On Memorial Day weekend Ian and I flew to Las Vegas for our 20th river trip, joining twenty-one fellow paddlers, all colleagues and friends from the Design Department of my book publisher, Harcourt Inc. (The trip was organized by Barry, long time designer in Harcourt’s San Diego office.) We all rendezvoused just east of Las Vegas, at Boulder City where we signed for our permits (secured in October of 2004) and climbed into the outfitter’s van and bus for the short trip down to the base of the Hoover Dam. The sight of so much concrete towering above remains awe-inspiring. The outfitter sent the flotilla of kayaks and one canoe (ours) off with the words:
Hope the dam holds today — if it doesn’t, we’ll pick you up in Mexico…
Within a few minutes we turned out of the great dam’s protection and entered the current of the river — and met, head on, a wind so strong that white caps stood up on the water’s surface. Later we learned it was a rare day of 35 mph headwind, with gusts to 50. Our broad, light canoe was blown into the middle of the river repeatedly. Cliffs surrounded all sides. The water temperature was an even 50 degrees.
At the close of maybe the second mile, Ian and I pulled into a tiny rock crevice, protected from the wind. The kayakers were far ahead of us, being boats better suited for the conditions, though they all struggled, too. We held onto cracking branches, huddled back into the rock. My tiny tears evaporated in the dry wind. I didn’t think I could make it ten more miles, I told Ian. We sat there a long time. There were no possible early take-outs. No
beaches to pull up on. The only rest we had planned was a hot springs beach about a third of the way into the trip. We rocked up and down and watched the wind blast the water just beyond our rock, neither of us saying a single word.
Finally, I realized there was nothing else to do but go forward. We devised a plan to stay within six feet of the left cliff bank. We learned how to ease the bow of the canoe out, apply fast, hard cross-draw strokes, and quickly turn around the projecting rocks before the wind could blow us out into the river’s center. Necessity forced us to get very good at this maneuver. Slowly, ever so slowly, we paddled downstream. Many times we were blown back past rocks we had just struggled past. At last we found our group pulled ashore at the hot springs beach. We were all exhausted. Two of our members found it too difficult to continue and were switched to double kayaks with young, strong muscles aboard.
Several of us hiked up to the hot springs, across the crunching gravel, through the rose red rocks, up the shaky iron ladder, following a slowly widening hot stream of water. I soaked in the pooled waters with my colleagues while Ian hiked up to find where the water was only a seeping wetness coming up out of gravel. On the way back down I washed my face in the falling hot water — only to be told by the waiting Boy Scout leader that the water contained a lethal amoeba and should not be applied to the nose, eyes, ears, or mouth. It was almost funny, given how this trip was going…Nonetheless, I quickly washed my face with my water bottle’s clean liquid.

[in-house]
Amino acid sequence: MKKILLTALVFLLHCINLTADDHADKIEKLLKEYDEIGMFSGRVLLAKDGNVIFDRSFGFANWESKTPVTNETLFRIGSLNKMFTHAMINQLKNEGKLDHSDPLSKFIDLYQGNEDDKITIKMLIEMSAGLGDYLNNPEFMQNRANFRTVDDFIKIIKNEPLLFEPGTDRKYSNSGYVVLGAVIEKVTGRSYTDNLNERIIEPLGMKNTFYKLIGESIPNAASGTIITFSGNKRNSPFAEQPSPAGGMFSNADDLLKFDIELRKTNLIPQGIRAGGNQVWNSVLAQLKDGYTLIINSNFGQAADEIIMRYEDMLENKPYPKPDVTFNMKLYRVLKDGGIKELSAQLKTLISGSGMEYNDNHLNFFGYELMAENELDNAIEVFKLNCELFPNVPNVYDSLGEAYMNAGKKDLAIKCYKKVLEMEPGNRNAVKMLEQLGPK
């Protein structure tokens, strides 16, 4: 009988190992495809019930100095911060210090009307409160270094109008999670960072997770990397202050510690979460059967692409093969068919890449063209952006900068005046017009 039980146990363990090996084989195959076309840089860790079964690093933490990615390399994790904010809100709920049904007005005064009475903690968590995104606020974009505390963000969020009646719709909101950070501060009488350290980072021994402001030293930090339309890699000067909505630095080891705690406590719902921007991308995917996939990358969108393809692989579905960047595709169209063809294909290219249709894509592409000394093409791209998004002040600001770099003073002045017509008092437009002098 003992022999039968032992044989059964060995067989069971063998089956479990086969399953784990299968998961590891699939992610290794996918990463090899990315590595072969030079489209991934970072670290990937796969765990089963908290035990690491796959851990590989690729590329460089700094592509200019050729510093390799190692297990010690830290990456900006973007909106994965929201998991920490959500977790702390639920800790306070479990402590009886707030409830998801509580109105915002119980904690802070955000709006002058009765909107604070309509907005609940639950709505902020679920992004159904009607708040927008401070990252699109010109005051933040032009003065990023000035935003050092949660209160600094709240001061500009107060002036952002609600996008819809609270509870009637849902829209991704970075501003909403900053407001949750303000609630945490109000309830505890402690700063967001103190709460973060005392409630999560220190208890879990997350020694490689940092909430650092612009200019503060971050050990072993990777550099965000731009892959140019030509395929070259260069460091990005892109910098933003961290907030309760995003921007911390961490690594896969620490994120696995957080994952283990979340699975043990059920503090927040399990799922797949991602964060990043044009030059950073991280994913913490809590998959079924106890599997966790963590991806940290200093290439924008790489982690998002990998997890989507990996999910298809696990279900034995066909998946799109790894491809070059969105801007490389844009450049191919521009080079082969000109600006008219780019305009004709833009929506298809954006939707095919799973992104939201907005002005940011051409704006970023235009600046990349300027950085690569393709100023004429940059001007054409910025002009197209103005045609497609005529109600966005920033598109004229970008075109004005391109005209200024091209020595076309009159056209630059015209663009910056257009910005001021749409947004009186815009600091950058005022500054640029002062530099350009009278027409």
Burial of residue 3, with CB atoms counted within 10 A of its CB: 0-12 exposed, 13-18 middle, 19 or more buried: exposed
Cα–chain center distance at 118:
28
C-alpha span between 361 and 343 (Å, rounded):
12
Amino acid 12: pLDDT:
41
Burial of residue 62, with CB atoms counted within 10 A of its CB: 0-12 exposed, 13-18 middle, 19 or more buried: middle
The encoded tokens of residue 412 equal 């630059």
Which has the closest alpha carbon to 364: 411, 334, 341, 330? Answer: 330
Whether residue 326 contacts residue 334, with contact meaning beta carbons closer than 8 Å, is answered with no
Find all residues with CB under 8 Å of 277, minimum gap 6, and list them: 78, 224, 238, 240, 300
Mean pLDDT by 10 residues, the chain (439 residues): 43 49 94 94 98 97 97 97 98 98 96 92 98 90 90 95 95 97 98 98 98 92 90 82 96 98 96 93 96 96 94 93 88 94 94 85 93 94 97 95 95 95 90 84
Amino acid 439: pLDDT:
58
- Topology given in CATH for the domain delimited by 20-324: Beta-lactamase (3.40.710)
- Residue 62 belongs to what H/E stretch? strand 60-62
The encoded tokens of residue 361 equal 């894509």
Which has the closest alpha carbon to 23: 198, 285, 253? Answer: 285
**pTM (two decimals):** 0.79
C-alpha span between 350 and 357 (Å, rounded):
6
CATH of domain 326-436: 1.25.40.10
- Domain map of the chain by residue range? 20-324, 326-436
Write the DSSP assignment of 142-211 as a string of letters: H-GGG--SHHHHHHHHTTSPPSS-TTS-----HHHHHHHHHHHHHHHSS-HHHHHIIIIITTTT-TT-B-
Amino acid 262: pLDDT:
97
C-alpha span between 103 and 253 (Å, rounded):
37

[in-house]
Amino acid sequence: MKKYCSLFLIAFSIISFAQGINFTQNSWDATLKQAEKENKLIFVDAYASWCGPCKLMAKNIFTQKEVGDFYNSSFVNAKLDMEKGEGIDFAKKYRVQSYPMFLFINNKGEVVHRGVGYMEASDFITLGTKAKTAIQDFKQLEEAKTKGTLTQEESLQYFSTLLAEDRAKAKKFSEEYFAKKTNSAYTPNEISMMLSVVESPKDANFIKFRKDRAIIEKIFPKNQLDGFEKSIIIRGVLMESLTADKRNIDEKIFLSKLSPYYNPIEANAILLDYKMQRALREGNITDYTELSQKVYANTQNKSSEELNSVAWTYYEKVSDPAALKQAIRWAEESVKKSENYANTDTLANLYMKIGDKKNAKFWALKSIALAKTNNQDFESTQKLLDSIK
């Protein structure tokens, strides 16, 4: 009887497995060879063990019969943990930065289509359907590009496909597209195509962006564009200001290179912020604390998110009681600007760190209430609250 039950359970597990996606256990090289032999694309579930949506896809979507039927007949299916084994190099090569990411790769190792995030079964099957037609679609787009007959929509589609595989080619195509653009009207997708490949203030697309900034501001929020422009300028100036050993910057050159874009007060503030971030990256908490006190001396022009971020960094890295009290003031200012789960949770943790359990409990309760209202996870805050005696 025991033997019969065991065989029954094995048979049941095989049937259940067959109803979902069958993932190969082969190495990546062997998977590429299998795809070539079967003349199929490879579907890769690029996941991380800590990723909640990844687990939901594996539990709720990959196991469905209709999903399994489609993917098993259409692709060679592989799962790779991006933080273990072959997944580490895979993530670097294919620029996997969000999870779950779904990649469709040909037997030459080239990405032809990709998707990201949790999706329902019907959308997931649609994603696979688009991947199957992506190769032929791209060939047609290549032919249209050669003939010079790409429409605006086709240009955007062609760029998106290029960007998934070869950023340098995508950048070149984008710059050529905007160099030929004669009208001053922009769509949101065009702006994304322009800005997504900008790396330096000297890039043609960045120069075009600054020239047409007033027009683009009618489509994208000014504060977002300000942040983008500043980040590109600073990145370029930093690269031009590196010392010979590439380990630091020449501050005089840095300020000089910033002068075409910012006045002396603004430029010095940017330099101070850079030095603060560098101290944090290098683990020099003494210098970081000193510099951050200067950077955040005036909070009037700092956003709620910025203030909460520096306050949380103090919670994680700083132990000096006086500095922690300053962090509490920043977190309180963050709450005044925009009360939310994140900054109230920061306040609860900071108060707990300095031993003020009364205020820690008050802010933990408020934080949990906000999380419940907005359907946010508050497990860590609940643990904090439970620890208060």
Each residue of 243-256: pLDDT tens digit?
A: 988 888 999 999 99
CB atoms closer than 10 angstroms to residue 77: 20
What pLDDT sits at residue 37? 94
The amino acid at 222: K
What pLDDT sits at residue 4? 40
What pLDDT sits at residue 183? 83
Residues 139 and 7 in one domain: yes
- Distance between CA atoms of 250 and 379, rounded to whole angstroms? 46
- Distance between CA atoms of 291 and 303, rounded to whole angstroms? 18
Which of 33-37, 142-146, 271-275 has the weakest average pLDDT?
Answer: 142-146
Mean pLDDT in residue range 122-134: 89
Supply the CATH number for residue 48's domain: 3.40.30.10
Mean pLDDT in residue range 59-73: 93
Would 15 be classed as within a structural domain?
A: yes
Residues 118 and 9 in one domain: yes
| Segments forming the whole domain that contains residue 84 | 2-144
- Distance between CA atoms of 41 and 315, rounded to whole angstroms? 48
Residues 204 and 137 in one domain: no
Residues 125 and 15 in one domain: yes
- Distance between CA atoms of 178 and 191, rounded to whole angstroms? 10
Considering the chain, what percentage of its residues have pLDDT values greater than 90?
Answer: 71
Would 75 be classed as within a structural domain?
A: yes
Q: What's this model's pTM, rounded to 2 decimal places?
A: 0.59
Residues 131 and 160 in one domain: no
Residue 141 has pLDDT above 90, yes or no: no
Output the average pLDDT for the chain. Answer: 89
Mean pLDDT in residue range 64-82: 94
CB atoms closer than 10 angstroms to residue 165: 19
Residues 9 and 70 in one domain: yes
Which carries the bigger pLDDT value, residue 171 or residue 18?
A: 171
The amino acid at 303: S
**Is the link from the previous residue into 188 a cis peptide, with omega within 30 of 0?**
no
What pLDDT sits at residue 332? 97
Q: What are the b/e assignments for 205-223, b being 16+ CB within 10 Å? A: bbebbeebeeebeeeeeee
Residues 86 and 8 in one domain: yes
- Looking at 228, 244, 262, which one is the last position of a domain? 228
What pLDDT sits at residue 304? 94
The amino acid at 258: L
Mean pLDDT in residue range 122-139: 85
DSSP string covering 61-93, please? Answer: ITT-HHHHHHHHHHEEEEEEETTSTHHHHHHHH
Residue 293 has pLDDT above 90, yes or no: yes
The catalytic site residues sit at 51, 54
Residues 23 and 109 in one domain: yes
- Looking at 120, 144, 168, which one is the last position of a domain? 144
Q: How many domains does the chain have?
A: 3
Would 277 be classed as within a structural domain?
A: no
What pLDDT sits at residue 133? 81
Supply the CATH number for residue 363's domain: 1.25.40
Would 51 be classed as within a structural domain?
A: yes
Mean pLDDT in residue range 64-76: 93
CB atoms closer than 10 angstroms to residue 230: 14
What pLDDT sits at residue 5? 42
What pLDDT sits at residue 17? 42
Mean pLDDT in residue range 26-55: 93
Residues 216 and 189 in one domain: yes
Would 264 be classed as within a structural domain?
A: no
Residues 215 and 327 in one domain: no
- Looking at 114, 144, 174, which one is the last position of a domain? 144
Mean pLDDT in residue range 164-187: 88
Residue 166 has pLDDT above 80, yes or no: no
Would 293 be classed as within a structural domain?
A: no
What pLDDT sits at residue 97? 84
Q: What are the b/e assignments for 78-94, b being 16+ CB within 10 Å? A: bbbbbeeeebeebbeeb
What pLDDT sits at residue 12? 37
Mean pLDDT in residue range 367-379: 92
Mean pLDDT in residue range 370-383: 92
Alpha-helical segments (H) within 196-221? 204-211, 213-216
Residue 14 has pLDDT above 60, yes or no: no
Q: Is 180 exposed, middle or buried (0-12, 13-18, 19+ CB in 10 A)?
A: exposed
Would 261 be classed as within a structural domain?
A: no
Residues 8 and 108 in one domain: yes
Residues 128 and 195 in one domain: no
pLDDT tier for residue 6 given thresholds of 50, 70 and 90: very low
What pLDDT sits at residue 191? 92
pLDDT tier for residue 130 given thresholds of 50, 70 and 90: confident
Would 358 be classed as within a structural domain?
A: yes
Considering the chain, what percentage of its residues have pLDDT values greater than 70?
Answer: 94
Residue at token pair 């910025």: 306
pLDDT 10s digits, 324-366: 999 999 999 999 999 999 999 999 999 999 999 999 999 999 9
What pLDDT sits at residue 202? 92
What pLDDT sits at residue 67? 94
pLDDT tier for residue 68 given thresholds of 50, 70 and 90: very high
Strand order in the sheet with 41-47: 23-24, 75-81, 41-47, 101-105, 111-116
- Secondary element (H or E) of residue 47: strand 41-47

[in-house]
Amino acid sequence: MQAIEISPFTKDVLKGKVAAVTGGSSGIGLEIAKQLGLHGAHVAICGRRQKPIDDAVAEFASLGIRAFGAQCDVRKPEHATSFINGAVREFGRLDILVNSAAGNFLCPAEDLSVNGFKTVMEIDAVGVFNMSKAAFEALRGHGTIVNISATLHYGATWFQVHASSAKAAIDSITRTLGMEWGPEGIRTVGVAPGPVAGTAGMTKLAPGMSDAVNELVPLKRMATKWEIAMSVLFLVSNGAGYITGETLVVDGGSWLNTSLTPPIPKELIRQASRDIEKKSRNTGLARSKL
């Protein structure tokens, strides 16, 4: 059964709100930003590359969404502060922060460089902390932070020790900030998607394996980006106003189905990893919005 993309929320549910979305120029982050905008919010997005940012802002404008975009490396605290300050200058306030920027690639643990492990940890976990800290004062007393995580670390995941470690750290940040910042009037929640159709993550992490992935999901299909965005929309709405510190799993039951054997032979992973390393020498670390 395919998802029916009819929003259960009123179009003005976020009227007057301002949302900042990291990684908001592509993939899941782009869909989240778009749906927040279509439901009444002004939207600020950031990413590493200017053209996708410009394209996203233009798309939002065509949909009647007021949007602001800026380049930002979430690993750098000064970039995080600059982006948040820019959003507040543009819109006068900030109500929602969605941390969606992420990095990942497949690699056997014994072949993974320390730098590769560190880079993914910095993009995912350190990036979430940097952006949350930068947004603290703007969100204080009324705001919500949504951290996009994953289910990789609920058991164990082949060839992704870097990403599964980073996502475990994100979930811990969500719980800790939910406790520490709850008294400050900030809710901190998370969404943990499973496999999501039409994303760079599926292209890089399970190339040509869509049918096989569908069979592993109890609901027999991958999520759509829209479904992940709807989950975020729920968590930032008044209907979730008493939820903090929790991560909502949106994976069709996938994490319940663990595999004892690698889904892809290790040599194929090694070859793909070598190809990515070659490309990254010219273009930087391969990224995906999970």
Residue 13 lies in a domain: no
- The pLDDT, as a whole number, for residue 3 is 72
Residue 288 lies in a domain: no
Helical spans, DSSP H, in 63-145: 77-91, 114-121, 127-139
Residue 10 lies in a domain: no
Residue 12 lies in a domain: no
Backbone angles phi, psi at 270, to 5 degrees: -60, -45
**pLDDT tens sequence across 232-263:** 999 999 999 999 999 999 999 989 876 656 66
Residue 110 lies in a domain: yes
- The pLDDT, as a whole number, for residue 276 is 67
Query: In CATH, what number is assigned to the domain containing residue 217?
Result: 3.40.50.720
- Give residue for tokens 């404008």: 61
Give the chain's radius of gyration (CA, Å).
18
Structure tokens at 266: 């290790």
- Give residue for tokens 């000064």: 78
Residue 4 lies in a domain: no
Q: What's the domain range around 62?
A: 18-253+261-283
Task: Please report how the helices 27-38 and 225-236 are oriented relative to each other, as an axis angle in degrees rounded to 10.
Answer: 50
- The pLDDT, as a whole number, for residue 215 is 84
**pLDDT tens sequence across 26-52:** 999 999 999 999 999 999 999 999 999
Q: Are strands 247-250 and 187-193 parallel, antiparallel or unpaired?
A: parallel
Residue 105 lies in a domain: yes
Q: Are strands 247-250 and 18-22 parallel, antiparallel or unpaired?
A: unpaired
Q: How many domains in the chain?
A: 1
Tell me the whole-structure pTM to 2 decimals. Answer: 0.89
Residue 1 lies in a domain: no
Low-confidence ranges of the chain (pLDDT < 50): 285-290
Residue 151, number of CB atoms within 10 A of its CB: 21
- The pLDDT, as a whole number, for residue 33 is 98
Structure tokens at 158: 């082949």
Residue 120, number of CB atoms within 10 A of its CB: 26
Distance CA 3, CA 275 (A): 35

The hikers came back to the beach to find our leader dressed in camouflage gear, ambushing a pack of well-armed fellow designers with high powered water guns!
After multiple ambushes and wild soakings, all turned to pack up. We left the protected beach and turned into the headwind, everyone offering good-natured grumblings and wane messages of support. Two-thirds of the paddle remained before us.
To make a long and agonizing story shorter, Ian and I hugged the cliff for the next nine miles. Instead of dying down with the afternoon, the wind increased. At one point we reached a narrows where great cliffs leaned above us. The water swirled in crazy vortexes, and that added to our troubles. By now, I was paddling on automatic. The only way out was through it. In the narrows I thought I might be going crazy when I found myself repeating: I must get the ring to Mordor, I must get the ring to Mordor…We stopped to rest sometimes, hanging onto brittle branches, never more than a ledge to scramble up. Once Ian found a giant big horn sheep, horns curled around his head, surveying him below.
We did make it to the end, though I just barely made it, collapsing on the sandy beach across the river from the take-out on the wide turn, my muscles quivering in legs, arms. While Ian hiked the roadway to the outfitter’s bus, I cried.
I cried for being so tired, I cried for having made it, I cried for my beloved stepfather, buried just three weeks before. I cried and cried and cried, until I ran out of tears. A young team of paddlers came and took our canoe across the open water of the last 100 yards.
Later, on the bus, I asked people what had helped them get through this. One said, “reducing the size of the goal – making the next turn’s goal closer and closer.” Another said that at first she thought child birth was harder than this, and she’d done that, so she repeated that…but then she found herself saying: “this is harder than childbirth, this is harder than childbirth!” Ian said something that
helped me. Amid a sudden gust that had me furiously paddling so as not to lose ground he called out: Paddle steady when the wind is gusting. Paddle hard when it lets up. That proved to be good advice, and has helped me these months after learning to live with loss and a deep sense of grief. I miss my parents very much. If life is a river, then some days are just going to be all headwind. Here’s what I say: When it gets hard, look for protection. Paddle smart. Don’t give up. Make the smallest accomplishment something to celebrate. Steady. Small. Eventually. The world was gorgeous around us and I have not forgotten a moment of that.